Collections and Research
Object rotation: An essential conservation tool
The Stewart Museum’s History and Memory, which explores five centuries of a history that stretches back several millennia in what is now Canada, opened in 2010, and the McCord Museum’s Wearing our Identity, which looks at clothing as a means of communicating Indigenous identity, opened in 2013. Although very different, these shows do have something in common—as so-called “permanent” exhibitions, both require rotation.
What is the meaning and purpose of a “rotation” in a museum?
The term “rotation” is a little misleading in this context because it does not refer to revolving an object, but rather to substituting it with another. The mission of the McCord Stewart Museum is to acquire, preserve, display and promote its collections. To this end, it has 14 different storage areas for conserving its artefacts. Each area requires specific environmental conditions (temperature, humidity, light) to optimize the preservation of the various types of objects.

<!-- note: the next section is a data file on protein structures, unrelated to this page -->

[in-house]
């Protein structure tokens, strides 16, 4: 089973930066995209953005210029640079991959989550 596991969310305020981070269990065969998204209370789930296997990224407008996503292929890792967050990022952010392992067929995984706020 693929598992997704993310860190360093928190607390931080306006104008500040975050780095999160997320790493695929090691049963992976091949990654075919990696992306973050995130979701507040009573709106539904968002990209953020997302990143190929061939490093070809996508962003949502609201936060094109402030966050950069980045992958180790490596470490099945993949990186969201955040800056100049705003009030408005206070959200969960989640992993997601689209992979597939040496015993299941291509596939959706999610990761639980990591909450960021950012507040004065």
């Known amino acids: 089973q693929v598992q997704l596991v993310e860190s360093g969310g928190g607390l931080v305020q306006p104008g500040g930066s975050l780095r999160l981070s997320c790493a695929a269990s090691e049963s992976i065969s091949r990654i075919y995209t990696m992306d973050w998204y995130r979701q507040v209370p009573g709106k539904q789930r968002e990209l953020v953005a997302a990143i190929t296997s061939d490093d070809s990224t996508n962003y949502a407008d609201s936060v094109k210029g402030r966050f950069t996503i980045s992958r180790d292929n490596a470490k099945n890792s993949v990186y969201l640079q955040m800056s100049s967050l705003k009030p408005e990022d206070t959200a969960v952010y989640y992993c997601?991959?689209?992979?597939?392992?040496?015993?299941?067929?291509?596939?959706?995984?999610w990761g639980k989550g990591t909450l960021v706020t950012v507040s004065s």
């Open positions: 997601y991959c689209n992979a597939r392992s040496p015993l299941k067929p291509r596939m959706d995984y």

Mounting permanent and temporary exhibitions is one of the primary ways the Museum shares its collections with the public. When an artefact is put on display, especially for a long period of time, the curator is faced with a serious dilemma: subjecting the object to less-than-optimal, or even harmful, environmental conditions. In addition to the risk of theft and vandalism, the item is exposed to vibrations, dust, fluctuations in temperature and humidity, and, even more devastating, the effects of light. To minimize potential damage to objects, the museum must periodically rotate the objects on display, at an interval determined by the conservation department.
Given the fragility of the materials on display in Wearing our Identity, which include natural pigments, textiles and skins, 85% of the works (approximately one hundred objects) are replaced every year. Thus, the six rotations carried out since the exhibition opened have involved some 600 items. It is an enormous job for the Museum team to prepare these rotated artefacts for display. The list of tasks includes conservation treatments, photography, making exhibition supports, and writing descriptive labels.
Ideally, and this was the case for Wearing our Identity, all object rotations are selected before the exhibition even opens. This guarantees that there are enough substitute artefacts to occupy the same display spaces and convey the same messages for the duration of the exhibition. In other cases, such as History and Memory, rotations are determined after the exhibition has opened, which complicates the process of selecting artefacts and organizing the team’s work. Nonetheless, the Museum is dedicated to the practice of rotation as a way of preserving the longevity of its collections.